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22/03/02 . By DAVE CARPENTER | AP Business Writer . Associated Press . USA
McDonald's Says Weak Currencies Affecting Earnings
McDonald's Issues Earnings Warning. CHICAGO (AP) -- McDonald's Corp. (NYSE:MCD - news) warned Friday that profits are being hurt by weak currencies and its first-quarter earnings will be slightly below Wall Street's expectations despite some encouraging signs from its European and U.S. restaurants.
The fast-food giant said that while European sales have rebounded strongly this year -- rising 8 percent in constant currencies through February -- the weakened euro has weighed on results.
Also, concerns about the safety of beef in Japan continue to affect sales in that country. Japanese consumers have been leery of beef since a September outbreak of mad cow disease, although McDonald's stressed that its restaurants in Japan use beef only from Australia and New Zealand.
Another continuing weak spot is Latin America, where sales were down 3 percent for January and February even excluding the considerable impact of currency changes.
The outlook was better for the company's U.S. business, where sales for the first two months of 2002 were 3 percent higher than the same period a year ago. Jack Greenberg, chairman and chief executive officer, attributed the gains in part to McDonald's renewed efforts on quality, service and cleanliness -- a push that resulted from increased customer complaints.
"We believe our U.S. initiatives will drive the business forward, and expect sales to increase in the low single digits for the quarter and mid-single digits for the year as we gain momentum," he said.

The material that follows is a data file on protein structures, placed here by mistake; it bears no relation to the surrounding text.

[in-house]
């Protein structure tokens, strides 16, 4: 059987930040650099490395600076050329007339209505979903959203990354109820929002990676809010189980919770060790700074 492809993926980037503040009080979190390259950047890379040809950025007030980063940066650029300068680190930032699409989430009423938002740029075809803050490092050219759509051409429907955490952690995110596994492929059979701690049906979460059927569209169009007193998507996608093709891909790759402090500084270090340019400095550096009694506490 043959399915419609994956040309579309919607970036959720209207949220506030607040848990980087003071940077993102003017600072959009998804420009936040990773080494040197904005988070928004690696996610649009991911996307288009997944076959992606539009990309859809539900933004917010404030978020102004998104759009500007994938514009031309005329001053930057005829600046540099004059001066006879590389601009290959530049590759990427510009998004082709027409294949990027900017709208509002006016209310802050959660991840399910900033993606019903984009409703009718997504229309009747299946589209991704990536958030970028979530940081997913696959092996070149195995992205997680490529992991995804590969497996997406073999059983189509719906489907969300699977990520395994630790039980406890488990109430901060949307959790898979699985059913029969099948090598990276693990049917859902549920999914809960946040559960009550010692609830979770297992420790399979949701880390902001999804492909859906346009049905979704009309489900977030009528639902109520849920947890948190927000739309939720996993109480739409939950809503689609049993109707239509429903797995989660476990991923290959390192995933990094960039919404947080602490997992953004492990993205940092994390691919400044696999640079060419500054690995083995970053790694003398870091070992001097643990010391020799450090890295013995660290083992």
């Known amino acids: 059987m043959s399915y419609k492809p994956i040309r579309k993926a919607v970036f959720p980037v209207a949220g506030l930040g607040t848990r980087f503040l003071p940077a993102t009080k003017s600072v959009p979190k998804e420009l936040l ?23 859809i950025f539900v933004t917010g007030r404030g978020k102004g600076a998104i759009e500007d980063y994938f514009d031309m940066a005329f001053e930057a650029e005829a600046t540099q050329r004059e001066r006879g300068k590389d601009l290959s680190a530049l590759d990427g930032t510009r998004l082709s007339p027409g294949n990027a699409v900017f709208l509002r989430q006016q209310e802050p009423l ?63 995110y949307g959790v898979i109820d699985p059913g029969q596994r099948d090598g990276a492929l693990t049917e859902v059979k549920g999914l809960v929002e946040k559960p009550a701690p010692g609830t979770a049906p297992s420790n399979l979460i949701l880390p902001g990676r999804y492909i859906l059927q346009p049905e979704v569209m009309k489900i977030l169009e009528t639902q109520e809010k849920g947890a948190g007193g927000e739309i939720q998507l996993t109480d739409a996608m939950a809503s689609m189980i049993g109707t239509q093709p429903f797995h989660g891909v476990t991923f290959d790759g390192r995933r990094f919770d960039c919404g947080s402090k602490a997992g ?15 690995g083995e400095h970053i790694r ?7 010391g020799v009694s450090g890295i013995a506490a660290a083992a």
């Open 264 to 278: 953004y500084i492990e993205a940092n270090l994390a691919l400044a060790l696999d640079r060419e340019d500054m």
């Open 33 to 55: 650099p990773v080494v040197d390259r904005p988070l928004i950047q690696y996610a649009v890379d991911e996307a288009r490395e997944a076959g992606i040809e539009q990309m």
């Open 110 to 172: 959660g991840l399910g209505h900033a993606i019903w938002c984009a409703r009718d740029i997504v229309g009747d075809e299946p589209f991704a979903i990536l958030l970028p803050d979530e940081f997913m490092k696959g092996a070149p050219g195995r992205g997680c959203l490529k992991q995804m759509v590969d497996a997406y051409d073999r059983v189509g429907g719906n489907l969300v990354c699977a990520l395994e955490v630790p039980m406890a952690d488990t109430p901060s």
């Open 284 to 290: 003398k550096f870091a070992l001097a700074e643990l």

Excluding new restaurants, same-store sales were flat. And McDonald's said it expects operating earnings from the U.S. business to decline in the low- to mid-single digits as a result of $22 million in payments to help stores change the way their front counters handle orders.
Analyst Ann Gurkin said it's too early to say if the U.S. initiatives are working, but she still found the results encouraging.
"Sales are a little bit better than I expected in the U.S.," said Gurkin of Davenport and Co. "Certainly sales in Europe were better than we'd looked for."
McDonald's said it expects to take a $45 million non-cash charge for the quarter for closing 32 under-performing restaurants in Turkey and related to the impairment of assets in Latin America. It also anticipates a $100 million non-cash charge for the impairment of goodwill, primarily the result of weakened economies in Latin America.
Excluding those charges, the hamburger purveyor now projects first-quarter earnings of 29 cents to 30 cents per share -- at the low end of its previously issued guidance range and just below the 31-cent consensus estimate of analysts surveyed by Thomson Financial/First Call.
Shares in the Oak Brook, Ill.-based company, which have lost nearly half their value since late 1999, fell 58 cents to $28.12 in afternoon trading on the New York Stock Exchange.